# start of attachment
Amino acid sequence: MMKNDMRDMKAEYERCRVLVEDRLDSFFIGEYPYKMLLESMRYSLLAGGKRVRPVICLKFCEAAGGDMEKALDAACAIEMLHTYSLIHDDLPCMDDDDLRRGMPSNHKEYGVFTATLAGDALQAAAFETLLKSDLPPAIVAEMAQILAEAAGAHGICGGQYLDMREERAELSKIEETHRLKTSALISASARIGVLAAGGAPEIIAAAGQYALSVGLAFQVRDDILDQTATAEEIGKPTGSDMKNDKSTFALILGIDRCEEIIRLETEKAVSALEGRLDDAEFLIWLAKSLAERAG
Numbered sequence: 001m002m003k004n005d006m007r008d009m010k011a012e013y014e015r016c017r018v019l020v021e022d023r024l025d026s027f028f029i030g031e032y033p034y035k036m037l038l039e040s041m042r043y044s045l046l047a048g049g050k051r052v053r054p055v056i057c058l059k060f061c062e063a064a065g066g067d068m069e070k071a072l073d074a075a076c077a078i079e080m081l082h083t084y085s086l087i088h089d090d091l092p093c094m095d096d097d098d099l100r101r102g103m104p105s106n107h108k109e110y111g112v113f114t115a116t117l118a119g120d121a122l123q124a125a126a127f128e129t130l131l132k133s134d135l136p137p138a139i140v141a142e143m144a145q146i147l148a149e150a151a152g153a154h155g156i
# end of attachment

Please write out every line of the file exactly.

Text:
Amino acid sequence: MMKNDMRDMKAEYERCRVLVEDRLDSFFIGEYPYKMLLESMRYSLLAGGKRVRPVICLKFCEAAGGDMEKALDAACAIEMLHTYSLIHDDLPCMDDDDLRRGMPSNHKEYGVFTATLAGDALQAAAFETLLKSDLPPAIVAEMAQILAEAAGAHGICGGQYLDMREERAELSKIEETHRLKTSALISASARIGVLAAGGAPEIIAAAGQYALSVGLAFQVRDDILDQTATAEEIGKPTGSDMKNDKSTFALILGIDRCEEIIRLETEKAVSALEGRLDDAEFLIWLAKSLAERAG
Numbered sequence: 001m002m003k004n005d006m007r008d009m010k011a012e013y014e015r016c017r018v019l020v021e022d023r024l025d026s027f028f029i030g031e032y033p034y035k036m037l038l039e040s041m042r043y044s045l046l047a048g049g050k051r052v053r054p055v056i057c058l059k060f061c062e063a064a065g066g067d068m069e070k071a072l073d074a075a076c077a078i079e080m081l082h083t084y085s086l087i088h089d090d091l092p093c094m095d096d097d098d099l100r101r102g103m104p105s106n107h108k109e110y111g112v113f114t115a116t117l118a119g120d121a122l123q124a125a126a127f128e129t130l131l132k133s134d135l136p137p138a139i140v141a142e143m144a145q146i147l148a149e150a151a152g153a154h155g156i